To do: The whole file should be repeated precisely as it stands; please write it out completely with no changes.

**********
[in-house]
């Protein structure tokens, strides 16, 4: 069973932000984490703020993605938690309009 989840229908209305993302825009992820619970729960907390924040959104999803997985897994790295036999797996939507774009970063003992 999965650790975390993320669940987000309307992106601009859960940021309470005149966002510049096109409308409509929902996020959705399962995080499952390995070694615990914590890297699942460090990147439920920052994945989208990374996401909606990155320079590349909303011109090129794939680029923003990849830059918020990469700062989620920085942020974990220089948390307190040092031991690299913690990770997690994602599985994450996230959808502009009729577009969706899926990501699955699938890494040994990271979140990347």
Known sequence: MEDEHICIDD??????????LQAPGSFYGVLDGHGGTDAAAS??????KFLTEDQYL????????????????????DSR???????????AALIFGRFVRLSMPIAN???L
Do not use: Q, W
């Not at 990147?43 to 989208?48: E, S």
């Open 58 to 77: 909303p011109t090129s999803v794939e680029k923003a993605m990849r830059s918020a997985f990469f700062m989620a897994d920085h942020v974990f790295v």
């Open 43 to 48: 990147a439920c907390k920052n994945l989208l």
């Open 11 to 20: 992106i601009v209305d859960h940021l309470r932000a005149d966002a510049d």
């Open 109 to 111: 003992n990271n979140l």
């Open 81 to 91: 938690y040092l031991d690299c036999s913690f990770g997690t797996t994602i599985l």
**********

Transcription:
[in-house]
């Protein structure tokens, strides 16, 4: 069973932000984490703020993605938690309009 989840229908209305993302825009992820619970729960907390924040959104999803997985897994790295036999797996939507774009970063003992 999965650790975390993320669940987000309307992106601009859960940021309470005149966002510049096109409308409509929902996020959705399962995080499952390995070694615990914590890297699942460090990147439920920052994945989208990374996401909606990155320079590349909303011109090129794939680029923003990849830059918020990469700062989620920085942020974990220089948390307190040092031991690299913690990770997690994602599985994450996230959808502009009729577009969706899926990501699955699938890494040994990271979140990347």
Known sequence: MEDEHICIDD??????????LQAPGSFYGVLDGHGGTDAAAS??????KFLTEDQYL????????????????????DSR???????????AALIFGRFVRLSMPIAN???L
Do not use: Q, W
């Not at 990147?43 to 989208?48: E, S």
């Open 58 to 77: 909303p011109t090129s999803v794939e680029k923003a993605m990849r830059s918020a997985f990469f700062m989620a897994d920085h942020v974990f790295v």
């Open 43 to 48: 990147a439920c907390k920052n994945l989208l």
């Open 11 to 20: 992106i601009v209305d859960h940021l309470r932000a005149d966002a510049d």
């Open 109 to 111: 003992n990271n979140l």
């Open 81 to 91: 938690y040092l031991d690299c036999s913690f990770g997690t797996t994602i599985l």